The quitting economy: the brands stubbing out smoking

Businesses like hemp cigarette brand Oklahoma Smokes are shaking up the smoking cessation industry by thinking about how branding and behavioral psychology can help put an end to the habit.
Oklahoma Smokes 16x9 hero

Ripple, a nicotine-free brand from the UK, was set up to help people quit smoking with its plant-based diffusers. Launched in 2019, Ripple subverts what you would expect of a smoking cessation brand, steering clear of medical language and offering six flavors to help people find something that works for them. And, while Ripple is clear in saying that it doesn't want to simply replicate a vape, it recognizes that part of helping people quit is ‘replicating that hand-to-mouth gesture’.

Similarly, US-based telehealth company Ro launched Zero, a 12-week guided program to help people quit smoking for good. The scheme starts with an online consultation with a doctor, followed by a personalized treatment plan. Custom-built plans – which feature a combination of prescription medication and nicotine replacement therapy – are more likely to be effective than a standard plan, while regular check-ins with medical professionals can help an individual stay accountable to their quitting goals. 

The co-founders of Oklahoma Smokes, who have backgrounds in consumer brands and cannabis investing, launched a line of hemp cigarettes after realizing the plant's potential to help people relax without nicotine. We sat down with co-founder Ashwinn Krishnaswamy to learn more about how a brand can tap into an established habit, and then help change it bit by bit.

How have you seen the quitting community change over time?

A. ‘If you look back 15 to 25 years ago, you had fairly analog tools and systems for quitting: clinical interventions, self-help programs, phone hotlines. Today, while those are all still in play, you see digital tools and communities helping people quit: Facebook and Reddit groups, apps like Carrot [now called Pivot], products like Harmless Cigarette and tracking tools like Puff Count.’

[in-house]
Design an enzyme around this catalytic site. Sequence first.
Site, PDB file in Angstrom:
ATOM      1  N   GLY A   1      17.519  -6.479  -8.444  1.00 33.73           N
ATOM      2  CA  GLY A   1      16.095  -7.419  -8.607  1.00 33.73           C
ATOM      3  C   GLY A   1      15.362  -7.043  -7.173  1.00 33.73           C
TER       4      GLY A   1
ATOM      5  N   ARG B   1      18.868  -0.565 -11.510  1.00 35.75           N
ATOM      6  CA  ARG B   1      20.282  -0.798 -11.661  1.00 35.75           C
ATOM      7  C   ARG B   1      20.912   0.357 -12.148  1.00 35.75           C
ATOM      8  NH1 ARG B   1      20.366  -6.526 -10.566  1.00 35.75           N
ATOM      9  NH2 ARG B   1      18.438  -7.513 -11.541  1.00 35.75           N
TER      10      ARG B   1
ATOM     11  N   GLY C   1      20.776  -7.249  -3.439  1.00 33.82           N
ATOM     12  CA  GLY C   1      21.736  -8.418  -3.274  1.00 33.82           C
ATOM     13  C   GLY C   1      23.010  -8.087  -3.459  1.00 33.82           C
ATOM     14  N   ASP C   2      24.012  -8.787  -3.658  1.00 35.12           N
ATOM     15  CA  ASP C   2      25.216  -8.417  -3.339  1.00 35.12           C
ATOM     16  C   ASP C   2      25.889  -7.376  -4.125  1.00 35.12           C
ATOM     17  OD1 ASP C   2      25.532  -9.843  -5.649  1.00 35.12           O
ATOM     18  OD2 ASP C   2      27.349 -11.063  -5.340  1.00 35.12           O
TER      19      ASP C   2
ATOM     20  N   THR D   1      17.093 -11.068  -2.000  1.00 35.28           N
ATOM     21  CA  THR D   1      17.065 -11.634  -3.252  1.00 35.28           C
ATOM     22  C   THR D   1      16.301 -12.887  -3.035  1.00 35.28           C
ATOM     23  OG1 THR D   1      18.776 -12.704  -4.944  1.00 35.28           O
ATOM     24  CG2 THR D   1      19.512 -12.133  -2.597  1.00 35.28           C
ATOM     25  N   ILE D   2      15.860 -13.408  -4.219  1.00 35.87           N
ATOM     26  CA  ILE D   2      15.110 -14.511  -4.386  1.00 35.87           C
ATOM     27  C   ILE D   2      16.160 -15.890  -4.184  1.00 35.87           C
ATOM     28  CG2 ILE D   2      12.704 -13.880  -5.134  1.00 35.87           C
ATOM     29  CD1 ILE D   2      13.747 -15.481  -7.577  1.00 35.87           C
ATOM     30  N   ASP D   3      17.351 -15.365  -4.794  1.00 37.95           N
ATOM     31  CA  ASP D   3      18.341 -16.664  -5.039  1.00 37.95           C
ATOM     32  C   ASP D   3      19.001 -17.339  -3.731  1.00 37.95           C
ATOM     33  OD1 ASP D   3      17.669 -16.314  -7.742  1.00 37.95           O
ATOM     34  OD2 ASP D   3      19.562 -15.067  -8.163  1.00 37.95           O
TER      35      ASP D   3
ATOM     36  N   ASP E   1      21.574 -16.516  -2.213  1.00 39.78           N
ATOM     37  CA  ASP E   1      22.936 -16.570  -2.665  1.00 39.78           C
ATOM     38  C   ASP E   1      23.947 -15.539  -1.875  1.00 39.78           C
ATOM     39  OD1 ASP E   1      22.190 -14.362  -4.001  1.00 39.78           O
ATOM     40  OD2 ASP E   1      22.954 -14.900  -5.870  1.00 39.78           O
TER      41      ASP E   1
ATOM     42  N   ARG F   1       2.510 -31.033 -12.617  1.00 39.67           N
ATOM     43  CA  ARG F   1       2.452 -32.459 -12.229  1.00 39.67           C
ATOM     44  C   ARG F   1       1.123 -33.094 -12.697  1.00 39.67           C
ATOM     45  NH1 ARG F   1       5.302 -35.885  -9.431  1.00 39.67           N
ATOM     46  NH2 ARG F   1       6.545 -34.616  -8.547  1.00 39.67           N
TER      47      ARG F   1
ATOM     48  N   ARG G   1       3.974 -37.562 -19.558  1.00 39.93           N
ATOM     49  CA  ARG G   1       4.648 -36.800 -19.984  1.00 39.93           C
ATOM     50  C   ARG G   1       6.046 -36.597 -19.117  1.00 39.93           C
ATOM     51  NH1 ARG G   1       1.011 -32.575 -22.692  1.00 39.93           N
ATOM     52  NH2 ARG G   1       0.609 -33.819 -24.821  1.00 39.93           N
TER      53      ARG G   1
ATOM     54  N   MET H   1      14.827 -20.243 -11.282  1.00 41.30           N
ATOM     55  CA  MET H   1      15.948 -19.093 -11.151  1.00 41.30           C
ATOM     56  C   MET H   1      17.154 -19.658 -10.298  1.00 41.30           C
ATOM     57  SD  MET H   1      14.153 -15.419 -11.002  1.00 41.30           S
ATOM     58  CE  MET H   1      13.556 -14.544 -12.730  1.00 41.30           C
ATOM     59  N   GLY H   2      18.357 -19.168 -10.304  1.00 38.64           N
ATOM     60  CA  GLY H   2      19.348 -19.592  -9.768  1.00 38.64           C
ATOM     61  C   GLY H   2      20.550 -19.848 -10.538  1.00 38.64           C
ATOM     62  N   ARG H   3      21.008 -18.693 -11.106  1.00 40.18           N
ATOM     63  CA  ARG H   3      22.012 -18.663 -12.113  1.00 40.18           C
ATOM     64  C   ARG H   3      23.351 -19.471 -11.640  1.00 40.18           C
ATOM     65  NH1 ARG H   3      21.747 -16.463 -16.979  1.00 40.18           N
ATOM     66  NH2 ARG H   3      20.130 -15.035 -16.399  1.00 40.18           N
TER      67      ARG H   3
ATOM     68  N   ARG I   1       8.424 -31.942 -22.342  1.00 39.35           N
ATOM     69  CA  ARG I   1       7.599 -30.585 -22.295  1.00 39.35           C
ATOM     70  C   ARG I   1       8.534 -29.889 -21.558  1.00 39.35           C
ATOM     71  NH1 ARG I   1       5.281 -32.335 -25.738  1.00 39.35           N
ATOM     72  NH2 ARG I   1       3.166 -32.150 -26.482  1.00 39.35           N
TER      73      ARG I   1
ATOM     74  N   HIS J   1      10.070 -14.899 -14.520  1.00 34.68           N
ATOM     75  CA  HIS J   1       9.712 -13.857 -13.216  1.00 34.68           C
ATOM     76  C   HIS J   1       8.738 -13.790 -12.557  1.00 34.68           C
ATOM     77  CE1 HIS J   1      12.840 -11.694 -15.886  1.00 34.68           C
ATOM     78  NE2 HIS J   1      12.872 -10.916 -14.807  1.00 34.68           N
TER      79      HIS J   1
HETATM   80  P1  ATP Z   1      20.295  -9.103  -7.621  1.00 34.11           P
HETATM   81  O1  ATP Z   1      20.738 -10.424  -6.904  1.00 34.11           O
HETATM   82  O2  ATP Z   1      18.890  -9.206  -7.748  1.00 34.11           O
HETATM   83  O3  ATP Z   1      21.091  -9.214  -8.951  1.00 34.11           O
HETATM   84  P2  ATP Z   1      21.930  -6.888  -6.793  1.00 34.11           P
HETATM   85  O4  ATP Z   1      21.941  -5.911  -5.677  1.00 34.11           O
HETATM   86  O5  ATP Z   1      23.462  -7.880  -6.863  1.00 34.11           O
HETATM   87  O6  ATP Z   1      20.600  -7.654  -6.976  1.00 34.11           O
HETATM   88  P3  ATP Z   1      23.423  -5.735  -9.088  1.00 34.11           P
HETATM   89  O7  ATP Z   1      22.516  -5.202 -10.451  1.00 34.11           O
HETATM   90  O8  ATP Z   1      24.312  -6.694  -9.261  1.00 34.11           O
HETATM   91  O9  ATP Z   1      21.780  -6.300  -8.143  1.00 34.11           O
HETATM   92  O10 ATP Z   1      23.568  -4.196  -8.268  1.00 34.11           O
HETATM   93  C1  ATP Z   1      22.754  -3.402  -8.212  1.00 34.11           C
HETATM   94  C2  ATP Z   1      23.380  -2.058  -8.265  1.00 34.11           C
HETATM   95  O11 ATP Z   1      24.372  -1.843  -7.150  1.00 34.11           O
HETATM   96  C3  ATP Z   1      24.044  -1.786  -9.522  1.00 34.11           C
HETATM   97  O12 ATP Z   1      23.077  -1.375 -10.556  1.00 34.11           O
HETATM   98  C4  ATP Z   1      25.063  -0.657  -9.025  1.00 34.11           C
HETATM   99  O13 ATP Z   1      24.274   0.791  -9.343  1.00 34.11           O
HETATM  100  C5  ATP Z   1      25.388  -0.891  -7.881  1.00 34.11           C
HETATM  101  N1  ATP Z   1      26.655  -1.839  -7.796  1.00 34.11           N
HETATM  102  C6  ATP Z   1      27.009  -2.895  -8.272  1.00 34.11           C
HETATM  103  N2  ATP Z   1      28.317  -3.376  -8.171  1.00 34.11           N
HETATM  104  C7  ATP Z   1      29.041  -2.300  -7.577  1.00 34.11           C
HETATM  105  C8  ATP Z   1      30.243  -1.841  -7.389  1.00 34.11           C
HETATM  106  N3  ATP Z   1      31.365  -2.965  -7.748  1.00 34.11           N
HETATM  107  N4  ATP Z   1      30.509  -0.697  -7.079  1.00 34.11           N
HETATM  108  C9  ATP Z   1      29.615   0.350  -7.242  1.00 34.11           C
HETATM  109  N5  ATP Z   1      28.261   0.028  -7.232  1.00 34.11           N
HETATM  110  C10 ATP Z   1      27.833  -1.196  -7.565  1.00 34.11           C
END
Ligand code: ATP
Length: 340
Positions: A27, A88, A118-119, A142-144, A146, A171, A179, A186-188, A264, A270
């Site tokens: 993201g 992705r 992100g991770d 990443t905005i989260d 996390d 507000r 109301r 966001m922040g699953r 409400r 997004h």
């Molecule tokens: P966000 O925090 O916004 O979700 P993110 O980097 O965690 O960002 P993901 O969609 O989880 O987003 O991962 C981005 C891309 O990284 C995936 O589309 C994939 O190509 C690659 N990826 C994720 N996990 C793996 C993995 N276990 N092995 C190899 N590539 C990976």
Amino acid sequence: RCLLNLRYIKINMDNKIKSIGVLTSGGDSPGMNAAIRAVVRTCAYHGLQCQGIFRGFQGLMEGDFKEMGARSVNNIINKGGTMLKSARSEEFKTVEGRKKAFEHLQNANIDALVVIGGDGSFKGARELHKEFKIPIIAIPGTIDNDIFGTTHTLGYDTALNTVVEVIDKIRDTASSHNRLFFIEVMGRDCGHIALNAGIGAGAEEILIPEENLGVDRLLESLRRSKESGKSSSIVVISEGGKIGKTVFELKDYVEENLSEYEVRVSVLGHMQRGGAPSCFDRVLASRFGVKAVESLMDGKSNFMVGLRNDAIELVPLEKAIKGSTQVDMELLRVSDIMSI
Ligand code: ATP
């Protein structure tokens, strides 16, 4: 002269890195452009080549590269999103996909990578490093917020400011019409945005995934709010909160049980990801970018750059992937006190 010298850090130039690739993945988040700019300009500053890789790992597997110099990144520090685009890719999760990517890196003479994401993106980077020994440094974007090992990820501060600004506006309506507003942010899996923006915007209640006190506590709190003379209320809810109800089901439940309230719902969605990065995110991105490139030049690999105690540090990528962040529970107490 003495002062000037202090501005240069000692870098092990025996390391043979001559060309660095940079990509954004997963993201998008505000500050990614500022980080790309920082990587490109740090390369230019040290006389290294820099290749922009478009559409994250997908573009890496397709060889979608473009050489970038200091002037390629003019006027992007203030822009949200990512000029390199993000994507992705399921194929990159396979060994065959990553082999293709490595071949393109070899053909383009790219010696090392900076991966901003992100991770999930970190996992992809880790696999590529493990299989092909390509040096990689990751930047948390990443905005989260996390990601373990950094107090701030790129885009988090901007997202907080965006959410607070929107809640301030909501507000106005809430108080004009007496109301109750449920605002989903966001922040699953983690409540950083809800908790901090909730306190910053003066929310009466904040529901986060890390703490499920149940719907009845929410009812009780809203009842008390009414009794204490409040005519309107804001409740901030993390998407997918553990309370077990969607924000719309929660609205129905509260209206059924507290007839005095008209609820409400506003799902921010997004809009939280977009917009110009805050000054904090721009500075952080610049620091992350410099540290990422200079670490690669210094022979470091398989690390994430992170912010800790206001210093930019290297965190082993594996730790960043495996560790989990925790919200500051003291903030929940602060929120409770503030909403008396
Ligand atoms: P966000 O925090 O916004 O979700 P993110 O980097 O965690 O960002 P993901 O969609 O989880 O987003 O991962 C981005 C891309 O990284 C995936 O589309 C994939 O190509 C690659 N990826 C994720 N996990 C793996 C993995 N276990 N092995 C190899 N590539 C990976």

What does a hemp cigarette offer that other options for quitting smoking don't?

A. ‘We've talked to hundreds of smokers, the majority of whom have tried to quit in the past. The existing solutions don't account for a range of triggers and habits that may cause a person to fall off the wagon. Factors include a stressful day, a night out with friends, the need for oral fixation and an ingrained hand-to-mouth habit. A hemp cigarette works to address these issues by giving a smoker something to smoke that will help them relax, but won't continue their nicotine addiction.’

Is the aim to help people quit smoking – hemp or otherwise – altogether?

A. ‘The aim from day one has been to help people quit smoking altogether. We actually celebrate when customers reach out to us to cancel their subscription or to say that they no longer want the product, because they've quit smoking entirely. Ultimately, there'll always be some smokers who want to keep smoking, because it's a habit or ritual thing for them. A lot of former smokers like our product for that reason – it gives them a way to occasionally indulge, without the addictive component and added chemicals. And now that decision is completely in their hands.’

Can you talk about the branding process and why you chose the ‘cowboy’ aesthetic route?

A. ‘Our view is that, in habits and marketing, you have to meet people where they are – if you want to get their attention or get them to do something, you have to give them familiarity with your positioning, aesthetics [and] behavior. There's a specific smoking culture and identity that has been crafted over decades by the media and Big Tobacco's advertising. To find resonance with that audience, we didn't want to stray very far from what they know and recognize.’

This article was first published in Courier issue 45, February/March 2022. To purchase the issue or become a subscriber, head to our webshop.

You might like these, too